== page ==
We are also skeptical of boats in which bulkheads are not fiberglassed to the deck, but instead are fitted into slots in the molded headliner. Nick Nicholson, former editor of PS and now editor-at-large, recalls crewing on such a C&C, lying in his berth during off watch, and observing the deck lift off the bulkhead and settle, cycling repeatedly. While this may be fine for coastal cruising and round-the-buoys racing, we think a serious cruising boat should have the bulkheads tabbed all around.
We could go on, but this is the gist of the reasoning behind our comment.
I did not think you did terribly well in answering Tom Bloom’s question. The question should have led you to make a couple of other recommendations.
First, he should read Don Street’s Ocean Cruising Yacht.
Second, read Adlard Coles’ Heavy Weather Sailing.
Third, where do you want to cruise? Hull repair is an issue. It requires special equipment and skills to weld aluminum. Ditto for fiberglass repair. Almost any primitive place you go you can get wood repaired. If you want to go north, you have insulation problems, heat problems, and want something that will withstand collision with a rock.
Fourth, how much underway time do you want? Most new boats emphasize open space over stowage.
Finally, remember the oil crisis and OSHA. They both impacted boat construction. Aluminum, stainless steel and fiberglass are high-energy products. If you look at boats built prior to 1982, they are generally heavier in construction than those built after 1982. New boats have balsa core in the deck and hull. Balsa deteriorates when wet. It absorbs water, so you may not know you have a leak until you have a catastrophic failure.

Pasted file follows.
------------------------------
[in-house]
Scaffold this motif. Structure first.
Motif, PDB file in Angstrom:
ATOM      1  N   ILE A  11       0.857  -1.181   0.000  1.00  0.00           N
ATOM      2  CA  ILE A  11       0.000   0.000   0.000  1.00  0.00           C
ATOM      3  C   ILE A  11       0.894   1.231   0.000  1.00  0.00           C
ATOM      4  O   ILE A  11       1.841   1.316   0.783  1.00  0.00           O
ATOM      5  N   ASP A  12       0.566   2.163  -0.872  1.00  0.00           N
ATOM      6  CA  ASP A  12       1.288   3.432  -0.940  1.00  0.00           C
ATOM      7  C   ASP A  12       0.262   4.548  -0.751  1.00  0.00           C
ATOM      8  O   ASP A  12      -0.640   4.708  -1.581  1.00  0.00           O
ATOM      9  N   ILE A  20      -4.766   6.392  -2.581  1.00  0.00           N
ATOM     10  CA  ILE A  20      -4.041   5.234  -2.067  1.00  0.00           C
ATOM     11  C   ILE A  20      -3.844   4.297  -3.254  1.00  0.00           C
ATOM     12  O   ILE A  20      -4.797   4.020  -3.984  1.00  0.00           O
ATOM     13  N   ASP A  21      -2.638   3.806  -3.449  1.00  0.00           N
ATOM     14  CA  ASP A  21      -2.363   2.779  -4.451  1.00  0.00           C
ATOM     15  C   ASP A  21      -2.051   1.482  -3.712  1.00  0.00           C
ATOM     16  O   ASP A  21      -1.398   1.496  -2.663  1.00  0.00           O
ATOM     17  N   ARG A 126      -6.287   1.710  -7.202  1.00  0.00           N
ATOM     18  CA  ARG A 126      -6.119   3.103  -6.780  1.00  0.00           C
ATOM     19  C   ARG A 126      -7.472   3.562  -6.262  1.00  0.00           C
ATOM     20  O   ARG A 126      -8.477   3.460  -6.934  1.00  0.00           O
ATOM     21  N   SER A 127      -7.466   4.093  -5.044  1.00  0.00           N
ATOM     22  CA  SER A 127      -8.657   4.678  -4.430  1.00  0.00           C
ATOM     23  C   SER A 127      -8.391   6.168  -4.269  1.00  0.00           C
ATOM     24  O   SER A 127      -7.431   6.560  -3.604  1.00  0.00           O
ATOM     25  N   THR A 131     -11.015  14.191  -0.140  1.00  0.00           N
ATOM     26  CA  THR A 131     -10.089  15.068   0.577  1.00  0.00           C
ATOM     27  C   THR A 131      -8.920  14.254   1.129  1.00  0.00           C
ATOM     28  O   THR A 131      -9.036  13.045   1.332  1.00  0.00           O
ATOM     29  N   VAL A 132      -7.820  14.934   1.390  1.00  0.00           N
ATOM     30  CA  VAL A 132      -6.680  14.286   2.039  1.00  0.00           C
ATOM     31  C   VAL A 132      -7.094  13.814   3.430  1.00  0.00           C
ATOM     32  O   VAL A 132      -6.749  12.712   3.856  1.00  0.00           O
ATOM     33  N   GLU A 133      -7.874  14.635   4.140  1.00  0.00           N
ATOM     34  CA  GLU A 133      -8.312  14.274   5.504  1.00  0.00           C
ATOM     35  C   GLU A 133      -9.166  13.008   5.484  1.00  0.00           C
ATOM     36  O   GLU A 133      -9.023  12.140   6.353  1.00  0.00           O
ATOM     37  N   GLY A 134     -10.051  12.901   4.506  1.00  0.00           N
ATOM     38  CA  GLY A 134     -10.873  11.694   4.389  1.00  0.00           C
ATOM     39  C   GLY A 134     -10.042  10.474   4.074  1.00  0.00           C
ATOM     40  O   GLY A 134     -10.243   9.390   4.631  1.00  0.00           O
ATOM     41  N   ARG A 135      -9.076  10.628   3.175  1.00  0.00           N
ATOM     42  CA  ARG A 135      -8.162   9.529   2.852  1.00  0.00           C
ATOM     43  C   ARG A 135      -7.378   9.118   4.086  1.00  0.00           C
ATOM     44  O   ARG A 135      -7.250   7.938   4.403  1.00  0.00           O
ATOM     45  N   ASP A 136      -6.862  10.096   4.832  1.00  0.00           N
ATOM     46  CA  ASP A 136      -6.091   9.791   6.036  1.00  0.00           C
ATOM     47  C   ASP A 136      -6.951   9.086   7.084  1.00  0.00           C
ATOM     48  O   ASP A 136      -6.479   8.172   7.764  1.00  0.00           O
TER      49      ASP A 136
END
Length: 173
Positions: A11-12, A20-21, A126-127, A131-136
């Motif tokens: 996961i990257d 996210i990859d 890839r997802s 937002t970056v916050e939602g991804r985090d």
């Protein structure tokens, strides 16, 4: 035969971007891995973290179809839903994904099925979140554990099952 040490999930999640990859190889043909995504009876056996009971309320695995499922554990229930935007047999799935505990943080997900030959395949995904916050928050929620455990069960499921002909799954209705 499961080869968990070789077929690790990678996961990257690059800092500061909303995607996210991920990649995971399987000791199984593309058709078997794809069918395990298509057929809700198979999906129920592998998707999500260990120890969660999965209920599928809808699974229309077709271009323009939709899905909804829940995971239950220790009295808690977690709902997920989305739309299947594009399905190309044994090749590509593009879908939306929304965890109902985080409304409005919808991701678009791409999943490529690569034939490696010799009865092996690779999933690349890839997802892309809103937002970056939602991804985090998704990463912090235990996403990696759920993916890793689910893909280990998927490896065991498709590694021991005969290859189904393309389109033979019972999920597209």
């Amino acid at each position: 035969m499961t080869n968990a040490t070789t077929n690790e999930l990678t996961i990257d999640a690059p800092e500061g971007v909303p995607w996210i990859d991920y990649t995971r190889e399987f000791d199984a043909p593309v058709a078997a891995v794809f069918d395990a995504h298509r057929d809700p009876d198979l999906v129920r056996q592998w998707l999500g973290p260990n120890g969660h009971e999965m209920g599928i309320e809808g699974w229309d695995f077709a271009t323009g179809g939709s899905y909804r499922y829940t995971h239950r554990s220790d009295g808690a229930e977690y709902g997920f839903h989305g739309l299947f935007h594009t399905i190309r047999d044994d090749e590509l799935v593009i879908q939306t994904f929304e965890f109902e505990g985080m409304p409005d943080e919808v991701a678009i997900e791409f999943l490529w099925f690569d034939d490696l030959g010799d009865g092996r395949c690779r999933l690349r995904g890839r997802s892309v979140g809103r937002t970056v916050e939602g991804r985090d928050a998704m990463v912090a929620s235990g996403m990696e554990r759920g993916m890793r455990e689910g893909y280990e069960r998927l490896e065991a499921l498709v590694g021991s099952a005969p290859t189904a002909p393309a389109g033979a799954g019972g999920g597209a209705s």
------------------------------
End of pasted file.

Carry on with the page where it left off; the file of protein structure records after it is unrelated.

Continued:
There are many other design factors to be considered. Bulwarks. Why would you go to sea without them? Cockpit size. When pooped, it’s a lot to bail.
I would recommend you consider a Morgan 382, vintage 1978 to 1982. It was designed by Ted Brewer. They are not Hinckleys, but in the 19 years I have owned mine, I think they come very close.
You can also find vintage Swans that are a very good deal.
I know you folks love your Tartan. It is a fabulous boat. But for cruising you want a fully skegged rudder. Imagine what you would do if you hit something with your rudder and bent the shaft?
As an old destroyer driver, older is better. Finally, see the movie “Titanic.” Humility at sea is good! Not sinking is good!
We reviewed the Morgan 38/382 in the July 15, 1991 issue. Yes, it is a good boat.
We agree with your comments on skegs, too. Our 1975 Tartan 44 (stretch version of the 41) does have a full skeg, in which we take some comfort. Others, however, point out that most skegs are not attached very strongly to the hull and do little to keep a rudderstock from bending. In any case, another advantage of the large skeg is creating lateral surface area aft for improved directional stability.
Where Credit Is Due...
To Tides Marine: “About three years ago I purchased a Strong Seal to replace my old leaking stuffing box in my Ticon 30. The installation required dropping the rudder in order to remove the shaft. During the first season there were no leaks and the bilge pump slept. At the end of the second season, however, leaking became evident and during the winter minor adjustments were made to the seal. Commencing the third season minor leaking persisted but no worse than a normal stuffing box. But by the end of the season the Strong Seal was leaking so badly that the bilge pump was working about four hours a day.
“A call was put through to Jeff Strong, president of Tides Marine. He immediately sent a matching replacement seal by FedEx. He then followed through with the yard on a step-by-step replacement procedure. The boat was relaunched and I waited for signs of leakage, which finally appeared within a week.
“Another call to Jeff Strong prompted his flying to New York from Florida the day the boat was to be hauled for the winter. After consultation with the yard, he determined that the problem was inherent with that particular unit (subsequently improved), combined with awkward and unsuitable field conditions in the boat. He immediately authorized the replacement of his unit with a new stuffing box packed with Teflon and agreed to pay all costs involved for the work from day one.
“Tides Marine has more than fulfilled its obligation in a most professional manner.”
Great Neck, New York